Updated: Aug 3
When I was in the prime of my career, living in Chicago, my mom was going through cancer surgeries. It was skin cancer in a number of locations, but most awfully on her feet. After surgery, she would be bedridden for days but sometimes weeks. She hesitated to interrupt our lives to ask for help, but to me, it was not even debatable. It was time to show up for my mom, so I would go back and forth for the next year to help her through those recoveries.
Years later, my dear father had his own valiant fight against colon cancer. I actually decided to quit a job that was unsupportive of time off needed for caring for him. I remember I felt punished for doing the right thing and this is still my feeling that something needs to change.
Among female caregivers, 33 percent have decreased their working hours, while 29 percent have declined promotions; 20 percent switched to part time; 16 percent have quit a job and 13 percent have retired early, all in the name of providing care.
In our District, I have met a lot of caregivers who are helping their parents or loved ones. Some live with their ill parent, some have found them a home in a long-term care facility, and some are just diligently checking in on someone who is living by themselves. I admire these people. Plus, in my area, we have some great elder care organizations they can connect with that might provide respite or assistance of one kind or another like Respite Volunteers-Shiawassee or Visiting Angels.
But, how does our State Legislature care for our caregivers?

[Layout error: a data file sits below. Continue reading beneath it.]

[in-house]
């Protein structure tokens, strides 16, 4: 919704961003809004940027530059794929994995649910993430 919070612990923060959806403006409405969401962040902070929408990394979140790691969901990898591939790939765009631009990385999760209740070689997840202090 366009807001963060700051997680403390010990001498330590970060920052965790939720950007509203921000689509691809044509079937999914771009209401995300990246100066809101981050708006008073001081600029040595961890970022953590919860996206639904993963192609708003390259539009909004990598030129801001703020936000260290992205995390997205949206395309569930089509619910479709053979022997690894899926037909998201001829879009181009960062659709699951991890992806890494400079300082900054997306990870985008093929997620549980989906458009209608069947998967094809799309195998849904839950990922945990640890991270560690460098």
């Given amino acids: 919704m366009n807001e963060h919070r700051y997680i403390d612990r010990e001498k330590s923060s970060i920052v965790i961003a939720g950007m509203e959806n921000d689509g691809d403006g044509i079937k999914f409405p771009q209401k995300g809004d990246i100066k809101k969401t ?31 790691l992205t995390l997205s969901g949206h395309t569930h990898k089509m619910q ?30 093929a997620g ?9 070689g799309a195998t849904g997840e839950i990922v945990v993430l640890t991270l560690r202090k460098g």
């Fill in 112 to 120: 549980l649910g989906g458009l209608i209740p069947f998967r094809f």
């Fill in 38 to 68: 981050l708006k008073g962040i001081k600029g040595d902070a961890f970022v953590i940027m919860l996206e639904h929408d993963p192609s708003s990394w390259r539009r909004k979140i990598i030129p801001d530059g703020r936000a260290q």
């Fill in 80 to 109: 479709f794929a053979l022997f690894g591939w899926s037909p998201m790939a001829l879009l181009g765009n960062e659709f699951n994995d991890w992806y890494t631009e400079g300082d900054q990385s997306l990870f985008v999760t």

Your immediate income is cut, no safety net
Your lifetime benefits are lowered
Your elder care years (typically a woman lives well beyond her mate) are stressed to lower-level social security benefits as a result of providing care instead of earning income
It is my opinion that caregivers should be rewarded for their contributions, not punished.
Hawaii is the first state to enact a law that provides daily caregiver stipend for working caregivers and I think Michigan should be the second state to stand up for caregivers. The purpose of the law is to help caregivers stay in the workplace as long as possible while still being able to provide care to loved ones so that they can be as healthy and independent as possible. This is especially important as we face a Pandemic where our elderly are more at risk and housebound. Much more can be done beyond the stipend and I will fight at the Capitol to support this vital part of our community.
Have you ever been a caregiver? Share your story with me and help me represent you in Lansing to create programs that reward your sacrifice, support your loved ones, and create a better community. Support Andrea!